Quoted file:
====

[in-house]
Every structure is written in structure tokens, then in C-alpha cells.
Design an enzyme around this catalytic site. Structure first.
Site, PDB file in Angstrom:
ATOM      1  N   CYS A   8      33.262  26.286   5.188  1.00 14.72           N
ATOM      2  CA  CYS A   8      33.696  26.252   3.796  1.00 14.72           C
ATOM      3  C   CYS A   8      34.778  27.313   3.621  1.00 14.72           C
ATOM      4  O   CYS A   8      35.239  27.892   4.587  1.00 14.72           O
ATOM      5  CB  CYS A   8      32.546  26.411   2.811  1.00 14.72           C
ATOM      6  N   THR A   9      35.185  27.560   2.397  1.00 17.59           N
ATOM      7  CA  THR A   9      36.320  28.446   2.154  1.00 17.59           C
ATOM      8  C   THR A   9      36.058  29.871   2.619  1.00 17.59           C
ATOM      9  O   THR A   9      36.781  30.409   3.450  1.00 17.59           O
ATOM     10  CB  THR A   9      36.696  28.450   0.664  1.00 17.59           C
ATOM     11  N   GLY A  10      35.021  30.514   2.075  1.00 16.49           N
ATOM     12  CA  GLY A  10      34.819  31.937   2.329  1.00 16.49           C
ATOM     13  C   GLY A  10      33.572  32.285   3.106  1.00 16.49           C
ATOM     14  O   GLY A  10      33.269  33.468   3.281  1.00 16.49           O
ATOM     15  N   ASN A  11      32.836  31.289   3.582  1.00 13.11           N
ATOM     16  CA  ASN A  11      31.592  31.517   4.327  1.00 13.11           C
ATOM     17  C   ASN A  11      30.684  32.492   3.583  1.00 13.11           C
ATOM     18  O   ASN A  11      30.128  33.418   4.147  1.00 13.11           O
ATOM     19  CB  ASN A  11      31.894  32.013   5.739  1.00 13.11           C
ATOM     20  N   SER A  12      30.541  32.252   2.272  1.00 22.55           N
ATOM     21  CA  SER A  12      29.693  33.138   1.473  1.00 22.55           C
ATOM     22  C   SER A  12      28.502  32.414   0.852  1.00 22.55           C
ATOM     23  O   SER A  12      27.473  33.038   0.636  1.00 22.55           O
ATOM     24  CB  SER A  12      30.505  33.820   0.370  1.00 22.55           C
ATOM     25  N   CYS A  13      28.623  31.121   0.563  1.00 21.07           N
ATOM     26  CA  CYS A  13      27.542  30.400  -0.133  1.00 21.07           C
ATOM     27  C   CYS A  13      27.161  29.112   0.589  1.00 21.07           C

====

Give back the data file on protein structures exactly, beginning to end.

[in-house]
Every structure is written in structure tokens, then in C-alpha cells.
Design an enzyme around this catalytic site. Structure first.
Site, PDB file in Angstrom:
ATOM      1  N   CYS A   8      33.262  26.286   5.188  1.00 14.72           N
ATOM      2  CA  CYS A   8      33.696  26.252   3.796  1.00 14.72           C
ATOM      3  C   CYS A   8      34.778  27.313   3.621  1.00 14.72           C
ATOM      4  O   CYS A   8      35.239  27.892   4.587  1.00 14.72           O
ATOM      5  CB  CYS A   8      32.546  26.411   2.811  1.00 14.72           C
ATOM      6  N   THR A   9      35.185  27.560   2.397  1.00 17.59           N
ATOM      7  CA  THR A   9      36.320  28.446   2.154  1.00 17.59           C
ATOM      8  C   THR A   9      36.058  29.871   2.619  1.00 17.59           C
ATOM      9  O   THR A   9      36.781  30.409   3.450  1.00 17.59           O
ATOM     10  CB  THR A   9      36.696  28.450   0.664  1.00 17.59           C
ATOM     11  N   GLY A  10      35.021  30.514   2.075  1.00 16.49           N
ATOM     12  CA  GLY A  10      34.819  31.937   2.329  1.00 16.49           C
ATOM     13  C   GLY A  10      33.572  32.285   3.106  1.00 16.49           C
ATOM     14  O   GLY A  10      33.269  33.468   3.281  1.00 16.49           O
ATOM     15  N   ASN A  11      32.836  31.289   3.582  1.00 13.11           N
ATOM     16  CA  ASN A  11      31.592  31.517   4.327  1.00 13.11           C
ATOM     17  C   ASN A  11      30.684  32.492   3.583  1.00 13.11           C
ATOM     18  O   ASN A  11      30.128  33.418   4.147  1.00 13.11           O
ATOM     19  CB  ASN A  11      31.894  32.013   5.739  1.00 13.11           C
ATOM     20  N   SER A  12      30.541  32.252   2.272  1.00 22.55           N
ATOM     21  CA  SER A  12      29.693  33.138   1.473  1.00 22.55           C
ATOM     22  C   SER A  12      28.502  32.414   0.852  1.00 22.55           C
ATOM     23  O   SER A  12      27.473  33.038   0.636  1.00 22.55           O
ATOM     24  CB  SER A  12      30.505  33.820   0.370  1.00 22.55           C
ATOM     25  N   CYS A  13      28.623  31.121   0.563  1.00 21.07           N
ATOM     26  CA  CYS A  13      27.542  30.400  -0.133  1.00 21.07           C
ATOM     27  C   CYS A  13      27.161  29.112   0.589  1.00 21.07           C